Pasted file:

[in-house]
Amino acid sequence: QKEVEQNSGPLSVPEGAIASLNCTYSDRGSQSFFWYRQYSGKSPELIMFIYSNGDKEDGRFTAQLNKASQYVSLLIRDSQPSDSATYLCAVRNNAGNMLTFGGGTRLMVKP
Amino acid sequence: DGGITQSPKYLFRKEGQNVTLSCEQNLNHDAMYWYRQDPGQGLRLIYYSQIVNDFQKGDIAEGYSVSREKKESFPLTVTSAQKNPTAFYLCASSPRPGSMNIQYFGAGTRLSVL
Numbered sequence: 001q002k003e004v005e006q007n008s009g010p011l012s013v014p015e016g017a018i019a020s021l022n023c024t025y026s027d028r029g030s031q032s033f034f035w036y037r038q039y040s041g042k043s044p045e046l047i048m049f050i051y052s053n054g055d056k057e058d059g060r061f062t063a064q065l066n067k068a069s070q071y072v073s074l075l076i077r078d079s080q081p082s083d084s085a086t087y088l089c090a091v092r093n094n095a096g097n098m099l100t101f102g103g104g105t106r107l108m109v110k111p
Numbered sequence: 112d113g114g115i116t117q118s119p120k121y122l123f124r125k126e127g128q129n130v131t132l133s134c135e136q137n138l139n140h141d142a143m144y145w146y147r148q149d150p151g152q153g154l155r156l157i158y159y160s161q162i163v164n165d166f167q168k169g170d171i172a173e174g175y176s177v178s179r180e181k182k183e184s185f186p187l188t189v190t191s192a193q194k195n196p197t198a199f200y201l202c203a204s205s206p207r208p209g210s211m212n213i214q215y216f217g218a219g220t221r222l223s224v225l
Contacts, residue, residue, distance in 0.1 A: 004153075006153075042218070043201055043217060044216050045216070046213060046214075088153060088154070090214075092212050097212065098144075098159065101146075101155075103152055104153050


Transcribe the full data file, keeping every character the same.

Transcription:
[in-house]
Amino acid sequence: QKEVEQNSGPLSVPEGAIASLNCTYSDRGSQSFFWYRQYSGKSPELIMFIYSNGDKEDGRFTAQLNKASQYVSLLIRDSQPSDSATYLCAVRNNAGNMLTFGGGTRLMVKP
Amino acid sequence: DGGITQSPKYLFRKEGQNVTLSCEQNLNHDAMYWYRQDPGQGLRLIYYSQIVNDFQKGDIAEGYSVSREKKESFPLTVTSAQKNPTAFYLCASSPRPGSMNIQYFGAGTRLSVL
Numbered sequence: 001q002k003e004v005e006q007n008s009g010p011l012s013v014p015e016g017a018i019a020s021l022n023c024t025y026s027d028r029g030s031q032s033f034f035w036y037r038q039y040s041g042k043s044p045e046l047i048m049f050i051y052s053n054g055d056k057e058d059g060r061f062t063a064q065l066n067k068a069s070q071y072v073s074l075l076i077r078d079s080q081p082s083d084s085a086t087y088l089c090a091v092r093n094n095a096g097n098m099l100t101f102g103g104g105t106r107l108m109v110k111p
Numbered sequence: 112d113g114g115i116t117q118s119p120k121y122l123f124r125k126e127g128q129n130v131t132l133s134c135e136q137n138l139n140h141d142a143m144y145w146y147r148q149d150p151g152q153g154l155r156l157i158y159y160s161q162i163v164n165d166f167q168k169g170d171i172a173e174g175y176s177v178s179r180e181k182k183e184s185f186p187l188t189v190t191s192a193q194k195n196p197t198a199f200y201l202c203a204s205s206p207r208p209g210s211m212n213i214q215y216f217g218a219g220t221r222l223s224v225l
Contacts, residue, residue, distance in 0.1 A: 004153075006153075042218070043201055043217060044216050045216070046213060046214075088153060088154070090214075092212050097212065098144075098159065101146075101155075103152055104153050